China has a stranglehold on the world’s supply of critical rare earths. These firms are trying to loosen its grip
China is the world’s largest producer of rare earth metals, dominating 80% of global supply for the materials that are essential to much of today’s high-end tech. Magnets spun from rare earth are needed to create the engines that power electric vehicles, the motors inside wind turbines and guiding systems inside missiles.
And the U.S. isn’t the only country trying to loosen China’s stranglehold on the industry. Companies in Australia and the U.K. are investing millions to develop new rare earth refineries too, with the global efforts to pry Beijing’s hand loose of the industry converging, by chance, around the year 2025.
The U.K.’s promised refinery
On Thursday, London-listed Pensana broke ground on a $170 million rare earth metal manufacturing site in the north of England where the company intends to spin rare earth oxides—which will be refined from rare earth ores mined in Angola—into magnets. Pensana says the plant, which is still under construction, will enter operation in 2024 and produce 5% of the global supply of rare earth magnets by 2025. But some experts are skeptical of Pensana’s ambition.
Per Kalvig, senior researcher at the Center for Minerals & Material, told the Financial Times that Pensana—which was created in 2019 and announced its first business plan in 2021—lacks the expertise to pull-off the project by itself.
“The required expertise on the mine-to-magnet value-chain is not developed overnight,” Kalvig said. China has developed its own industry over decades, undercutting global competitors that are burdened with higher labor costs and stricter environmental regulation.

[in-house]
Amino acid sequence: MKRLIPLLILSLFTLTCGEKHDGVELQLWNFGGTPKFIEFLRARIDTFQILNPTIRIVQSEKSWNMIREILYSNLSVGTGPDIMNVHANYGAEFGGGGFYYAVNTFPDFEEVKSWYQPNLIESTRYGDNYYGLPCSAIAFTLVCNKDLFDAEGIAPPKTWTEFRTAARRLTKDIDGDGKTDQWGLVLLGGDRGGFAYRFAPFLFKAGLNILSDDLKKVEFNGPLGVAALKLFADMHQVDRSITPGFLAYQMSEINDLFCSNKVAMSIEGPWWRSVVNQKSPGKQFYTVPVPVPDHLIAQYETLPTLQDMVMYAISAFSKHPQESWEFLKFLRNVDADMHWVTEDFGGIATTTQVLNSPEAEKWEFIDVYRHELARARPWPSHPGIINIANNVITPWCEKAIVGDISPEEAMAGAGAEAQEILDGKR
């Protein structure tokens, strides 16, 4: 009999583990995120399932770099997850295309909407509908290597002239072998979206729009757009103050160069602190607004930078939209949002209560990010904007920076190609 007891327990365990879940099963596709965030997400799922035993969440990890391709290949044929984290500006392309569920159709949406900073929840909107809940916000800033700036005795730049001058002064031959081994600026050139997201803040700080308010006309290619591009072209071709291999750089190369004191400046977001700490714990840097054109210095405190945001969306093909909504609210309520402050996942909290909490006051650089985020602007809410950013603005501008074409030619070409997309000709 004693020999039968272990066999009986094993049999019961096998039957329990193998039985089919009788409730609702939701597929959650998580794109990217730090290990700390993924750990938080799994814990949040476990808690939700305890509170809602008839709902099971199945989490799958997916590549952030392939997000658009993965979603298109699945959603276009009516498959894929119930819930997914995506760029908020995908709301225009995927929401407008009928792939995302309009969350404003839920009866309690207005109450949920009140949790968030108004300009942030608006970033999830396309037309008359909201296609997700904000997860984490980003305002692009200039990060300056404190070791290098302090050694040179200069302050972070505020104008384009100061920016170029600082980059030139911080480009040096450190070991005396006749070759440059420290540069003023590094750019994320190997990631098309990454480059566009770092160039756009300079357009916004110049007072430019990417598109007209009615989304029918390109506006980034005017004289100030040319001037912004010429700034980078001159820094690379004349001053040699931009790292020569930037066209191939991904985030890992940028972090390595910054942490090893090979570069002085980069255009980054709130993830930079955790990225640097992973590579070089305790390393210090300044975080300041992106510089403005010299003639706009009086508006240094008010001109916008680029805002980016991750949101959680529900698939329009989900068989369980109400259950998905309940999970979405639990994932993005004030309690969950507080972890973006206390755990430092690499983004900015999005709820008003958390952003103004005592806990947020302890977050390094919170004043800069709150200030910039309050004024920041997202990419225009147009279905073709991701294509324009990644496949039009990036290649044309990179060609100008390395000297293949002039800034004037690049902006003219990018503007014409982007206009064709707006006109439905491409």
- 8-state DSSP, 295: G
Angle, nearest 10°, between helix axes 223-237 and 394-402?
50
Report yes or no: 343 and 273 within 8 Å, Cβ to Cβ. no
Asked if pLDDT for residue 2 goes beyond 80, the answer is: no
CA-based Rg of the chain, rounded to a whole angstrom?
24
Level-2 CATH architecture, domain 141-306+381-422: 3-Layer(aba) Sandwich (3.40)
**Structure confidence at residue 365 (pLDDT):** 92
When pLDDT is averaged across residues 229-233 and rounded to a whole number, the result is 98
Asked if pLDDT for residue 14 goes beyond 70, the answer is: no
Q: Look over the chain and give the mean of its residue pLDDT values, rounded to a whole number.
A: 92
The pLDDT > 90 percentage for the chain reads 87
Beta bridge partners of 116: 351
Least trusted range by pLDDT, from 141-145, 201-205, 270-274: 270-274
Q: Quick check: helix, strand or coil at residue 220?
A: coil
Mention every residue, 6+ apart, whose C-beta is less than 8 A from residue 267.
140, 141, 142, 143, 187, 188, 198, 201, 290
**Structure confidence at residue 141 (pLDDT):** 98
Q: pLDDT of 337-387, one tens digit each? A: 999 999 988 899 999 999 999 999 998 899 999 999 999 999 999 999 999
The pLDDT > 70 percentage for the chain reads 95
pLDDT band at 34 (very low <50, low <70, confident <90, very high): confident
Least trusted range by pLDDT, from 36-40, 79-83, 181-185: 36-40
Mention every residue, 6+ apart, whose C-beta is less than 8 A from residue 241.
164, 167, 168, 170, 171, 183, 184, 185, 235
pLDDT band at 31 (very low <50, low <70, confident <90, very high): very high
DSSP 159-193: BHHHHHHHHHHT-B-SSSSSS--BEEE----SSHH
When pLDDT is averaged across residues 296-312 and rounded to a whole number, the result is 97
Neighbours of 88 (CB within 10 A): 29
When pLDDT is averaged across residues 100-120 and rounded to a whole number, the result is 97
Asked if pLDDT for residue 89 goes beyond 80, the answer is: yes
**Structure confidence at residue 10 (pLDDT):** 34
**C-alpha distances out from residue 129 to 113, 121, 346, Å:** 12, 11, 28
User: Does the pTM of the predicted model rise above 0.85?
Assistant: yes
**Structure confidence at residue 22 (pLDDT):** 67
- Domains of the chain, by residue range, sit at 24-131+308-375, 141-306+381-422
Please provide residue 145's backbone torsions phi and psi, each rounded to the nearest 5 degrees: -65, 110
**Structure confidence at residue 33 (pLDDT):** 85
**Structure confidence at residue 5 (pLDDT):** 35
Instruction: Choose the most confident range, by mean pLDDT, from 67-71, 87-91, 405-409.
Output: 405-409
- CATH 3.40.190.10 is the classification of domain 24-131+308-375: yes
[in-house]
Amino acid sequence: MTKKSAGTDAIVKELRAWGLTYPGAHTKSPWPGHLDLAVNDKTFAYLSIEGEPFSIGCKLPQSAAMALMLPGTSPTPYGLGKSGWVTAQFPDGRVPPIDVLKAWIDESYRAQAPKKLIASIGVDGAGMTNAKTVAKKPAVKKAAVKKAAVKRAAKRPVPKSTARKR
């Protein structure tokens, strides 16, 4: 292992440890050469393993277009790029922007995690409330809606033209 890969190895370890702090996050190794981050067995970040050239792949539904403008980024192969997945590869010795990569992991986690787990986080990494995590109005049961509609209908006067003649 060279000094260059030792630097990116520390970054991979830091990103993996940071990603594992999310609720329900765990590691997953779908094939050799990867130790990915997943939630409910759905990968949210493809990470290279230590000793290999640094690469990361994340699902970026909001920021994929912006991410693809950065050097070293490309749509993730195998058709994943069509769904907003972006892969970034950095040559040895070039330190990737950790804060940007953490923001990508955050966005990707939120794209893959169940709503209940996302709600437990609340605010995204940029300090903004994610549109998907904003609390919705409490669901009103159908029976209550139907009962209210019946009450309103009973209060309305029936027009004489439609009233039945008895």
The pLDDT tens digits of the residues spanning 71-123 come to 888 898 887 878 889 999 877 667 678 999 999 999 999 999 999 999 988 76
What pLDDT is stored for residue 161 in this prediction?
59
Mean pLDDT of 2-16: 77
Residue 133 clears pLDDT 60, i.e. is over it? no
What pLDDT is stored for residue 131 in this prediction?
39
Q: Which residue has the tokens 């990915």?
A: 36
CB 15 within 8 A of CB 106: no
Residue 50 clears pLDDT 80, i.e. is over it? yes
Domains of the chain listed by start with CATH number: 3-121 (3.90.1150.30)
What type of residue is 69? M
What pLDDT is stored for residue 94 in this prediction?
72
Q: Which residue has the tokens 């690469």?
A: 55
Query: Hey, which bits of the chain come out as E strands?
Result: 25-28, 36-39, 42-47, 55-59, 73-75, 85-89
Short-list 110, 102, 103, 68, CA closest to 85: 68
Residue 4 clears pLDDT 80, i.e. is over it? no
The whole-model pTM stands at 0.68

Lynas rare earth
Lynas Rare Earths is the world’s largest rare earth processor outside of China. The Sydney-based group’s main facility is in Malaysia but the miner has been expanding its U.S. presence, too. In June, the U.S. Department of Defense granted Lynas a $120 million contract to build a processing facility in Texas—home to Round Top mountain, one of the largest deposits of rare earth ores in the U.S. Development of the processing facility and mines in Texas will bolster America’s domestic supply of rare earth metals, providing a local alternative to suppliers in China.
The Lynas Texas facility is billed to start production in 2025, the same year Lynas also plans to commence its first ever refinery in Australia—a $345 million facility in the city of Kalgoorie in western Australia, where the company plans to extract rare earth carbonates that will be processed into useful materials at its other global sites.
Lynas received approval to develop its western Australia project in April. The same month, Canberra greenlit fellow Aussie miner Iluka Resources to develop another rare earth refinery in the same region, providing the refinery with a $749 million loan. Both refineries claim to be Australia’s first.
Former Australia Resources Minister Keith Pitt said the Iluka facility could supply 9% of the global market with the most common type of rare earth oxides once it enters operation in 2025.
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